Cleopatra Dunns, CEO of Dunns Cosmetics, wrapped her annual speech to the staff, laid out her plans for 2022, just as she’d done for the past six years, on the last Friday of every January. Once again, the popular keyword was innovation.
She opened with a vision statement, “Be the most innovative cosmetic creator out there,” and a mission statement, “Consistently provide innovative products to delight our customers.”
The rest of her speech covered prior year sales, next year’s targets, plans to expand into new regions for targeted revenue growth, and more innovative ways to engage consumers online. There was no mention of any new products because there were none. But she did use a new term: conscious capitalism. She defined it vaguely. No one understood it. And there was no specific initiative to undertake.
The annual award for the most valuable player went to the Director of Social Media for innovative online sales growth during the COVID lockdown. Everyone knew online sales were skyrocketing, but the Director of Social Media had changed nothing.
And despite losing several employees during pandemic, Cleo didn’t touch the hot topic of The Great Resignation.
Turn Out the Lights
After the speech, Mike Techie, the new products manager, engaged Joe Cool, the COO, in a candid conversation behind closed doors.
Techie: What’s my budget for new product research this year?
Cool: We haven’t allocated one yet. But I can assure you it won’t be less than last year because sales have been good. We may have to adjust a little to cover new employee onboarding and training, which is substantially more this year.
Techie: Last year, you only gave me $1.5 million. That’s pocket change compared to sales of, what, almost $2.5 billion? And most of it went to fixing production issues in the name of lean innovation. None of our proposed projects made it to the funded roadmap. Given the speech we just heard about innovative products and online sales, I was hoping my budget would be bigger this year.
Cool: I hear you. But Cleo decides these things. She owns this company.
Techie: You know, our Multi-Functional Face Cream product is catching on. It’s in line with conscious capitalism. We make money by providing healthy cosmetics. We need a couple of years to mature the product and get FDA approvals. But we’ll be behind our competition if we don’t start now.
Cool: I don’t disagree with you Mike. But Cleo owns the company, which means she writes the strategy.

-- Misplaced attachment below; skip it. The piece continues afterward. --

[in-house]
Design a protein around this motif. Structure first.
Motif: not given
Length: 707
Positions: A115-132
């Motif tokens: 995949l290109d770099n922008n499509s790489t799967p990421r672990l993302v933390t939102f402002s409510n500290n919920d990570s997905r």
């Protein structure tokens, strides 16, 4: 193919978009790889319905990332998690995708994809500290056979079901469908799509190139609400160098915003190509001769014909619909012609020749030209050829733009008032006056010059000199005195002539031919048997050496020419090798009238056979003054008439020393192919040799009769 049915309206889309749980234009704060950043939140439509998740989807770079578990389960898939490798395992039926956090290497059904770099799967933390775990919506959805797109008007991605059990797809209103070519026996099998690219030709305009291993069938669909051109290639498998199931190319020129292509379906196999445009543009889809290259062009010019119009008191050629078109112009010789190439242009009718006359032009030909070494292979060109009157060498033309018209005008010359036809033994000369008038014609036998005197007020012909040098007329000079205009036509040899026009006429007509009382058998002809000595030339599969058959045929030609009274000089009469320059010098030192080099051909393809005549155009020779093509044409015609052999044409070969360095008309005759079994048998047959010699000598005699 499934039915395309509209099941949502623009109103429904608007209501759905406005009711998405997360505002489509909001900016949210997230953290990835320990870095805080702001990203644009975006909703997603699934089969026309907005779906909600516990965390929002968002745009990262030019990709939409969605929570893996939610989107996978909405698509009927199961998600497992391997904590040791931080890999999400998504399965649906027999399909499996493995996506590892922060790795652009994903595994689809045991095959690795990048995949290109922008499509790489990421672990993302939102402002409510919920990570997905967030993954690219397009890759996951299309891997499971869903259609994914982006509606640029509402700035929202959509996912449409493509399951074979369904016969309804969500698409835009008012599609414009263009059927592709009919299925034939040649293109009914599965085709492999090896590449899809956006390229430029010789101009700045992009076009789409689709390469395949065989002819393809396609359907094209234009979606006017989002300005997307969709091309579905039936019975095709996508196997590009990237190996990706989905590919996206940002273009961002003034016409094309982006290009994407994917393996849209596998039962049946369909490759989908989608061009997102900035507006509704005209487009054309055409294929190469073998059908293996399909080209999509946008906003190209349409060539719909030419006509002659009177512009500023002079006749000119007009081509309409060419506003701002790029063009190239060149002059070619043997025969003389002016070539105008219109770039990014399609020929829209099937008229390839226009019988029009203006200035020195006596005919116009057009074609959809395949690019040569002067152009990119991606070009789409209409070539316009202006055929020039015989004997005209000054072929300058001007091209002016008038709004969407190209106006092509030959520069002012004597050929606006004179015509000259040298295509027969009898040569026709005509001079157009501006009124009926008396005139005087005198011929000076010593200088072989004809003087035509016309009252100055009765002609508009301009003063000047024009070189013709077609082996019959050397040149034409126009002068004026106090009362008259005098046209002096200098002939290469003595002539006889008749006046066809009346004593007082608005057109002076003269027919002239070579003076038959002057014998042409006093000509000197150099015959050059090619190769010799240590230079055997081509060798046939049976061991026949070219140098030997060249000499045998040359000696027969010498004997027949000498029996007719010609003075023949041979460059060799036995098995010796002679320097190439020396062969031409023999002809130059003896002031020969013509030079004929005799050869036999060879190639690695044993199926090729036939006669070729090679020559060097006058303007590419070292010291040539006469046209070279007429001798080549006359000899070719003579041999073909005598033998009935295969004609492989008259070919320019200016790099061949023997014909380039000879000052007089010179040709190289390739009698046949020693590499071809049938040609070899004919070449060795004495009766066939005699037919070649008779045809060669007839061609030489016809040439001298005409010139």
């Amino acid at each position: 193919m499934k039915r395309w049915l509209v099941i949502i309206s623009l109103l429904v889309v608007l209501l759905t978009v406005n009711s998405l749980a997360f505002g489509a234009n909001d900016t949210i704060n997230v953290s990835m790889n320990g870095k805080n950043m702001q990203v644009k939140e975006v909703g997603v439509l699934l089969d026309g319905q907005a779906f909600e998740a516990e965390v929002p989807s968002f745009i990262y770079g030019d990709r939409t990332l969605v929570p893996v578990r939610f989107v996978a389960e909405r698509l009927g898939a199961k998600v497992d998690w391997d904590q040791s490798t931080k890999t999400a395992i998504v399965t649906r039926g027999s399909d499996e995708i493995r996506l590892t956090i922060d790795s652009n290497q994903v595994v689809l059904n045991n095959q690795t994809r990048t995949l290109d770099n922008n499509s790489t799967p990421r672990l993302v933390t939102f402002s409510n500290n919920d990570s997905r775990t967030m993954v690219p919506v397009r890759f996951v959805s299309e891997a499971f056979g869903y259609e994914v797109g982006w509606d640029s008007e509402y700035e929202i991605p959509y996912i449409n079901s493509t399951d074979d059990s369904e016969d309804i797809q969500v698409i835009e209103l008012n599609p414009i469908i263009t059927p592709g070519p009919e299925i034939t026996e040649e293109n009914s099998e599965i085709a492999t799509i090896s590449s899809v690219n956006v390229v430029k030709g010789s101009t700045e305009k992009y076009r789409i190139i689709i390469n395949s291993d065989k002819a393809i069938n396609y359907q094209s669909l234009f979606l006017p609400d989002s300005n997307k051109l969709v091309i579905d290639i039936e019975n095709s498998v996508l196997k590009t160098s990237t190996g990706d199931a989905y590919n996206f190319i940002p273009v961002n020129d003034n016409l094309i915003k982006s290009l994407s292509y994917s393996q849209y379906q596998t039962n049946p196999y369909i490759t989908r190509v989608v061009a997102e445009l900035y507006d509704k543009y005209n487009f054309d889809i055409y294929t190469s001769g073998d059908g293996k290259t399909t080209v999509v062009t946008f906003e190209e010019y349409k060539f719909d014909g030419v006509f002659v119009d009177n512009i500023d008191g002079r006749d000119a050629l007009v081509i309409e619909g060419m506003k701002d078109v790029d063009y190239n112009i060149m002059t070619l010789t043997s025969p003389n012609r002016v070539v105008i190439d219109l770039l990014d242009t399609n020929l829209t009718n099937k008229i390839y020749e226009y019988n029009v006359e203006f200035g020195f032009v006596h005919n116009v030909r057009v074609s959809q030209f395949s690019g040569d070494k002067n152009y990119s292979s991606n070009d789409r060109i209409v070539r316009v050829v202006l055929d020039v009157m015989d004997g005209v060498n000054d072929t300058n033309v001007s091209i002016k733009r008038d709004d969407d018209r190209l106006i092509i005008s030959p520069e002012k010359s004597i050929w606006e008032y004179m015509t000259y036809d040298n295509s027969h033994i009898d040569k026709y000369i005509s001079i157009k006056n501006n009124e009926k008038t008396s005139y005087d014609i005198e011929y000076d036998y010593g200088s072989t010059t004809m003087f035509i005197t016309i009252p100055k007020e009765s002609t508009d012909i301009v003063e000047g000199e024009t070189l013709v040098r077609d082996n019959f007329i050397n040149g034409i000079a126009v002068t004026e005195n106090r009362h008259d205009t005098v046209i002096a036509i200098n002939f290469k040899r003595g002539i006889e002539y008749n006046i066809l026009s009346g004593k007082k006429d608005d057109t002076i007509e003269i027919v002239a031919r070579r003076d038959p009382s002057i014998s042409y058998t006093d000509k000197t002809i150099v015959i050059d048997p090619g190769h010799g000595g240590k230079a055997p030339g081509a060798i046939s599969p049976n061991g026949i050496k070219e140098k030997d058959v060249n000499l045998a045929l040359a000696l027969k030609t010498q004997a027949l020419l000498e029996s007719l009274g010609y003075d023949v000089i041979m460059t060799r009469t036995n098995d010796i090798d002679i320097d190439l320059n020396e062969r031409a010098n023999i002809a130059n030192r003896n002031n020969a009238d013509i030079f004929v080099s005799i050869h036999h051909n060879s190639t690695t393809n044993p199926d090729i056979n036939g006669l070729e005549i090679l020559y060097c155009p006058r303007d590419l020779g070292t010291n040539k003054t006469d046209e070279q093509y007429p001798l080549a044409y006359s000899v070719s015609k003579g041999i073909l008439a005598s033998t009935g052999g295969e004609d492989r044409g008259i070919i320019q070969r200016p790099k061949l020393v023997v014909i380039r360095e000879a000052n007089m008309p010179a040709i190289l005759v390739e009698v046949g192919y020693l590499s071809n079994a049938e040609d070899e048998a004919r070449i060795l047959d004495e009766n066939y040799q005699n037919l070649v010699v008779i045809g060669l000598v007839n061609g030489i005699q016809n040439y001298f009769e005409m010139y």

Techie: Cleo is clearly focused on sales. Have we thought of new business models, like subscriptions? They’re easy to try and don’t need FDA approval. We can sell cosmetics on our own website.
Cool: We discussed that after you brought it up last year and decided we don’t want to risk what’s working now by confusing customers with choices. I’m sorry we didn’t give you any feedback. We should have a process for ideation
Techie: We definitely need a process. By the way, who’s responsible for innovation? Who should write or own the process? Or, to be blunt, whose metric is it?
Cool [getting uncomfortable]: Everyone is expected to be innovative. We don’t need a metric.
Techie: Sorry. That came out wrong. Going back to Multi-Functional Face Cream, is it still possible to get some funding this year? The business case is strong. I know I’m asking for $3 million over two years, almost double the budget. But the five-year ROI is more than 20x if we get to market before the competition. More important, the cost of not doing it could cost as much as $500 million in sales when our current product goes out of fashion.
Cool: In addition to your R&D budget, we also have to allocate money for marketing. So we won’t get 20x ROI. Maybe 5x at best. With the FDA busy with COVID demands, delays can further reduce our ROI. Your logic around the cost of doing nothing is hard to substantiate. Cleo won’t buy that. So, we can’t take that into the equation. Between you and me, my fear is if we fail to deliver, we’ll both lose our jobs. Cleo has a low tolerance for failure.
Techie [thinks]: No budget. No accountability No process. No willingness to risk. No tolerance for failure. Just talk about innovation. Joe, I know you won’t like my saying this, but I’ll say it anyway: This sounds like innovation theater, and this year’s show is over.